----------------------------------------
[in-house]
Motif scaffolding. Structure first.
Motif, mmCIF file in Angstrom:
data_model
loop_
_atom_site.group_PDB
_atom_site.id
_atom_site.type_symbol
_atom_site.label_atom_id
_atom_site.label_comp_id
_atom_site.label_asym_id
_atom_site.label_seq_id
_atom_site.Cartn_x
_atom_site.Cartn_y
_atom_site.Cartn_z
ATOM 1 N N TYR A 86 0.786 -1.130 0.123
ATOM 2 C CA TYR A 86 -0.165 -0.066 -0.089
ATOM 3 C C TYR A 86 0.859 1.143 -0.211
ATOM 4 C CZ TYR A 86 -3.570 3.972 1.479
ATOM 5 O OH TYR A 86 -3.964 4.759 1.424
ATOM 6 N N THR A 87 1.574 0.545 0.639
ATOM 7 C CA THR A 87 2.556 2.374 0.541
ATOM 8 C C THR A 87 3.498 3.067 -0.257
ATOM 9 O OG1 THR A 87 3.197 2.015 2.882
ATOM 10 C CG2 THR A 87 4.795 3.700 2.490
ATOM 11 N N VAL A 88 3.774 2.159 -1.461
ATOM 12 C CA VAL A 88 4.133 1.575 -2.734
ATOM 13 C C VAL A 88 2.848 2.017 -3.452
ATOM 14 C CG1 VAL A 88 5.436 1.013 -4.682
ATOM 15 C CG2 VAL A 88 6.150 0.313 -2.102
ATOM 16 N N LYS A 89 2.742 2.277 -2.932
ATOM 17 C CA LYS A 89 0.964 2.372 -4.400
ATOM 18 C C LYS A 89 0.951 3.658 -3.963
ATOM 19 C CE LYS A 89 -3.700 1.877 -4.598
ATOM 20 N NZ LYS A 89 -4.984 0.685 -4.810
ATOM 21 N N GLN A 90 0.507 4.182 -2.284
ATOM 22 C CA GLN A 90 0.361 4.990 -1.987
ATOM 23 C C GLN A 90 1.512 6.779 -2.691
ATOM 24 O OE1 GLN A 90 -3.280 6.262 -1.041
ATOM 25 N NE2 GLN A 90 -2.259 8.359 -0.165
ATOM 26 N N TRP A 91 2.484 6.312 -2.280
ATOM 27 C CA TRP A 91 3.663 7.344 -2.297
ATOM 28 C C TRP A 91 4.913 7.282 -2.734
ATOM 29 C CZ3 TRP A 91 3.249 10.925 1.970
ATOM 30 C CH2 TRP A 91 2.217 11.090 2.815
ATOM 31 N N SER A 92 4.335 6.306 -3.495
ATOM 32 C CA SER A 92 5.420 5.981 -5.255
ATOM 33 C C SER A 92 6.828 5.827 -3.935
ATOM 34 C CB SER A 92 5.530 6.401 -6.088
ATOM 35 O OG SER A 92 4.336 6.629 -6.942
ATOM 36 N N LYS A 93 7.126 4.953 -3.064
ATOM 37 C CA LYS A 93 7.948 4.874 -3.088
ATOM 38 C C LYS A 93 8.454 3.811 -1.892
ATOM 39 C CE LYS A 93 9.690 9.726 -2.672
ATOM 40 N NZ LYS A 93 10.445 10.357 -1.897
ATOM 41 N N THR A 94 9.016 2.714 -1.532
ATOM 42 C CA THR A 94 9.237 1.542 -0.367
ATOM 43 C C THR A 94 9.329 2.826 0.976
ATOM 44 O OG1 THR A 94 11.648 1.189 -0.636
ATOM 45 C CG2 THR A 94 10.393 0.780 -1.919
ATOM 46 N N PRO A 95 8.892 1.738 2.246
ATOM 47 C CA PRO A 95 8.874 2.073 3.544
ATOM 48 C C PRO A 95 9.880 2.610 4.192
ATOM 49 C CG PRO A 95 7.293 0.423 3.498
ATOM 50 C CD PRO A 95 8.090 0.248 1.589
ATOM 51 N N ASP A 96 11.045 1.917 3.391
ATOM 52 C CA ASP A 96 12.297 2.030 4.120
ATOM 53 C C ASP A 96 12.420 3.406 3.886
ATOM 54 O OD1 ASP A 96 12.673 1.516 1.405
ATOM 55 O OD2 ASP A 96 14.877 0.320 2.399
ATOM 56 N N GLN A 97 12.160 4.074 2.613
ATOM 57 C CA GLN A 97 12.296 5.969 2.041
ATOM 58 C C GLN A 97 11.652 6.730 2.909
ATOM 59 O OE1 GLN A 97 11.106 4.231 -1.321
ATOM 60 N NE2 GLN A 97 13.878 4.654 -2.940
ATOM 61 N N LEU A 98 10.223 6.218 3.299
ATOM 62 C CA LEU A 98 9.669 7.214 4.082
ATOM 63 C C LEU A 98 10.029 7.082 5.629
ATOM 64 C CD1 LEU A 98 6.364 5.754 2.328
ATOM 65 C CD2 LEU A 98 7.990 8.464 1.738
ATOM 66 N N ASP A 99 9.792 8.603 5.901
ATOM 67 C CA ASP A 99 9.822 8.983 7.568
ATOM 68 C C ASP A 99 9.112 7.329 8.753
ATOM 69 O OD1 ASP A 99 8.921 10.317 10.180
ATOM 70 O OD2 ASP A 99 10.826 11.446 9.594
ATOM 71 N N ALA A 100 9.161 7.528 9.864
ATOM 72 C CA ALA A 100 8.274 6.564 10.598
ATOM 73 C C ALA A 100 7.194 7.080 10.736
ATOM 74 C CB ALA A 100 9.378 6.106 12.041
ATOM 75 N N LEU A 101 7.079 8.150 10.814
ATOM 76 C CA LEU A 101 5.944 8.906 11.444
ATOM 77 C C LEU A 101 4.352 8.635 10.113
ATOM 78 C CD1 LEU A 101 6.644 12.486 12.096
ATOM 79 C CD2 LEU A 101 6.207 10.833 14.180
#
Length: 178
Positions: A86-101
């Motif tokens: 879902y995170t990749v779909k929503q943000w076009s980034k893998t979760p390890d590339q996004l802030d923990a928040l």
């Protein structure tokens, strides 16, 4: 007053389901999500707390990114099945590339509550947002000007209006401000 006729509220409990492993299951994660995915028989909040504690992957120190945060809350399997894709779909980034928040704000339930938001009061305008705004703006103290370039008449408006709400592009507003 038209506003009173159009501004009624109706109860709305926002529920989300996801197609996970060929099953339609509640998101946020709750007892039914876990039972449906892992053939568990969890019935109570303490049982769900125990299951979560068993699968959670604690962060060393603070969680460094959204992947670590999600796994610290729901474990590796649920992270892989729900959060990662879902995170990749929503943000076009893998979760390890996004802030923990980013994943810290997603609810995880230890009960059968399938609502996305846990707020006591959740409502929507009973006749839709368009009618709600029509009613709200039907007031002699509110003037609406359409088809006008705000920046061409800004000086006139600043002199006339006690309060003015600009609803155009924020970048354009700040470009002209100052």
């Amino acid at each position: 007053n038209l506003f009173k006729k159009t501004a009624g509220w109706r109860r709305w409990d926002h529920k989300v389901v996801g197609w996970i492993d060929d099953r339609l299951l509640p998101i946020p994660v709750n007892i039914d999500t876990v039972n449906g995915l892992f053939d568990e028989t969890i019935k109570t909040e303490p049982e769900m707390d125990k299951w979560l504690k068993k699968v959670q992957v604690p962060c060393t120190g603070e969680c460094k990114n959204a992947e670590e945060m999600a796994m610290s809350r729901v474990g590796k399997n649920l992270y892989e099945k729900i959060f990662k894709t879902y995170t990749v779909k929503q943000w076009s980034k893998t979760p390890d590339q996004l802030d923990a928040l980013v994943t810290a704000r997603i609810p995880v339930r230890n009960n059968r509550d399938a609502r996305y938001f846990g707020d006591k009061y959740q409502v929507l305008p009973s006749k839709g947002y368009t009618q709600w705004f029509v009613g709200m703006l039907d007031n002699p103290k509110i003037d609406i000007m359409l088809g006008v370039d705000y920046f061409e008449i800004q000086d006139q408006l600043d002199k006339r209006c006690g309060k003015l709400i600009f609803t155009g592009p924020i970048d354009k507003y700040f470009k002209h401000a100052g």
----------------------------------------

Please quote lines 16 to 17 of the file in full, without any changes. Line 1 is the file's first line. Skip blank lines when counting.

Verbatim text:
ATOM 1 N N TYR A 86 0.786 -1.130 0.123
ATOM 2 C CA TYR A 86 -0.165 -0.066 -0.089